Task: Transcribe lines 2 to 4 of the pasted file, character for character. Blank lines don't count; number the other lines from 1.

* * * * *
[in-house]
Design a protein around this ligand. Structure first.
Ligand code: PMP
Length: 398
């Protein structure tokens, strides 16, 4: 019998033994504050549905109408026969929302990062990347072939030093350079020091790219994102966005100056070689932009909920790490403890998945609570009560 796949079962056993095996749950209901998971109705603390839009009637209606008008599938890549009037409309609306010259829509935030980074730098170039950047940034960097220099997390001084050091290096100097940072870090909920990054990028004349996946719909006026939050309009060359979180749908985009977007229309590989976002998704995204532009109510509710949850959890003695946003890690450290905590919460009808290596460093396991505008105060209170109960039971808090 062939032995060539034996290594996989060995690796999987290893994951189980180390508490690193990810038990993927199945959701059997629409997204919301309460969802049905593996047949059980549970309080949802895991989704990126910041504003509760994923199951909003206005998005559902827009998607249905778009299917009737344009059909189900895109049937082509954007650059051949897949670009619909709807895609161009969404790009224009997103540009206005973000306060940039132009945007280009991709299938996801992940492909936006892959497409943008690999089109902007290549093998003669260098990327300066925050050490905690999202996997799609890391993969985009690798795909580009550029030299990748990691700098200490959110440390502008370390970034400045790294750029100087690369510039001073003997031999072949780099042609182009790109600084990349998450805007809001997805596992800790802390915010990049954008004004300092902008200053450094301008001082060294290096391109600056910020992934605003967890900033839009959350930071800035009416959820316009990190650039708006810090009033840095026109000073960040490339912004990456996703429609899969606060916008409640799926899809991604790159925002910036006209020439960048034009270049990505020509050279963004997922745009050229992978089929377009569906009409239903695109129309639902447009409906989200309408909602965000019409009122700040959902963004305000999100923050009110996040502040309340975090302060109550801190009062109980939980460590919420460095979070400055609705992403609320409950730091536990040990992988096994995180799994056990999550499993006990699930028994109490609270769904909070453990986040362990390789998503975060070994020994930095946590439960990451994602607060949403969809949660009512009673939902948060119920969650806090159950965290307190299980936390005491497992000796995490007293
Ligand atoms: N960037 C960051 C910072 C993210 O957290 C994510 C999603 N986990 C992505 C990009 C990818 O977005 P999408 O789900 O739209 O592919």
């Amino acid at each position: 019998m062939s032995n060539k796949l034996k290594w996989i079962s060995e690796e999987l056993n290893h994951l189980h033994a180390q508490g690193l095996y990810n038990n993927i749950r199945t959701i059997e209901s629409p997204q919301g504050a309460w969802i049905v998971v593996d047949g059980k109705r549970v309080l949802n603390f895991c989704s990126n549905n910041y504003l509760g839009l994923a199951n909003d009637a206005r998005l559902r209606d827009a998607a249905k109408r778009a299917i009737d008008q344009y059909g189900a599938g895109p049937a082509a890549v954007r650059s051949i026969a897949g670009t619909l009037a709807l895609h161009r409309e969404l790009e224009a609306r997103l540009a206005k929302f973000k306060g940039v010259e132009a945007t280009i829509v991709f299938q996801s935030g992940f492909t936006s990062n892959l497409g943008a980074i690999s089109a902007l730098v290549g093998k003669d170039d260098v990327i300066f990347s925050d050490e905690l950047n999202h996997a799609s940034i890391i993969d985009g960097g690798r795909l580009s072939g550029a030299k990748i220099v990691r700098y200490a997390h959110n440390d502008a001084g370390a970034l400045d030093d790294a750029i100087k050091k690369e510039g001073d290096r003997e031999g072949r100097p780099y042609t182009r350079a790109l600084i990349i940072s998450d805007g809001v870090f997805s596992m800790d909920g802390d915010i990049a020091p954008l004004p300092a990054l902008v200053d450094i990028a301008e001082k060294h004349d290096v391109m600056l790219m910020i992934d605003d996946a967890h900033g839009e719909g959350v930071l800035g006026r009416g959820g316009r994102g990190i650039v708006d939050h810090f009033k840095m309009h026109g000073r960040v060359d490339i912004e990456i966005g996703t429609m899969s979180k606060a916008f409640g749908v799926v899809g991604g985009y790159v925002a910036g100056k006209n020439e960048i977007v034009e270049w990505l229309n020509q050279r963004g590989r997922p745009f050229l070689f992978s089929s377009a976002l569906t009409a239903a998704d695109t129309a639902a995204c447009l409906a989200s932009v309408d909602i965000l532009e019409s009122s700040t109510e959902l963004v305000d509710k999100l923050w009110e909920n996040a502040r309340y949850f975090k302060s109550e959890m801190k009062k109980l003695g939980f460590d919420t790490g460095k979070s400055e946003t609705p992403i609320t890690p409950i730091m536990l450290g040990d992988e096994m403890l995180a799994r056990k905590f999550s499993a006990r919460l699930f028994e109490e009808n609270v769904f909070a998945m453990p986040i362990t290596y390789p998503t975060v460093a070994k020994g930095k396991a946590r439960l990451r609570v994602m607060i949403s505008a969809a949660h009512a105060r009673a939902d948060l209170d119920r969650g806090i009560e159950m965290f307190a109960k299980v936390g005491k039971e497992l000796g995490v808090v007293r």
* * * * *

Design a protein around this ligand. Structure first.
Ligand code: PMP
Length: 398